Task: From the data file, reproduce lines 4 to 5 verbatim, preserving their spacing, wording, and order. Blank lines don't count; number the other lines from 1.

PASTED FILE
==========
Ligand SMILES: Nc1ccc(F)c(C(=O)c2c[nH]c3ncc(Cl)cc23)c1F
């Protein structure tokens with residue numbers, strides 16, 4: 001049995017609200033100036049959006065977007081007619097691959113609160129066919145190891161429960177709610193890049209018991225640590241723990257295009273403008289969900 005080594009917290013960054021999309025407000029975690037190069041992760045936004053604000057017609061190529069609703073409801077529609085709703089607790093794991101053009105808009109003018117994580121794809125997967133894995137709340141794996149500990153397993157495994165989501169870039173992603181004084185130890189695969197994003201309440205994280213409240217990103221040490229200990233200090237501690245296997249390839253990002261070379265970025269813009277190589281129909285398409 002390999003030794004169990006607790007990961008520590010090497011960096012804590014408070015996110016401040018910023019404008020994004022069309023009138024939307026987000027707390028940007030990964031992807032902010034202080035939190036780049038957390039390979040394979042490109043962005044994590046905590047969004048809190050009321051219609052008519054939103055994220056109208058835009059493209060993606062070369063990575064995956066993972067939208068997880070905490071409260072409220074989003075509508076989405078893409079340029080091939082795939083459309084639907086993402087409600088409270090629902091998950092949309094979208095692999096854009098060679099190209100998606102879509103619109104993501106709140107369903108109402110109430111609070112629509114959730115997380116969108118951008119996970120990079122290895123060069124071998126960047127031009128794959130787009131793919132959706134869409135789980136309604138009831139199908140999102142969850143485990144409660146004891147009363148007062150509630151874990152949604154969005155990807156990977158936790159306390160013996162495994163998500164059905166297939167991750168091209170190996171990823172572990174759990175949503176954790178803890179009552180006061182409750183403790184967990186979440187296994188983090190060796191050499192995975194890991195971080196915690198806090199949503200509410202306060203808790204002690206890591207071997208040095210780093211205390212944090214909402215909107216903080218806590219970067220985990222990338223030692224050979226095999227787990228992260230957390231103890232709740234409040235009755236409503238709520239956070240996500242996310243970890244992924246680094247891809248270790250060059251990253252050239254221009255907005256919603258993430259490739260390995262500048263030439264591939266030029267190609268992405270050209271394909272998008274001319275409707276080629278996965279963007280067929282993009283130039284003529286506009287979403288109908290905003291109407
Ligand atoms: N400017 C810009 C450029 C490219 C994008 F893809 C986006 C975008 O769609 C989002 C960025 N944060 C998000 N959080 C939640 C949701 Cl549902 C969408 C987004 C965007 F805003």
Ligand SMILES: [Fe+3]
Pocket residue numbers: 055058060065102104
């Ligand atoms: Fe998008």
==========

Ligand SMILES: [Fe+3]
Pocket residue numbers: 055058060065102104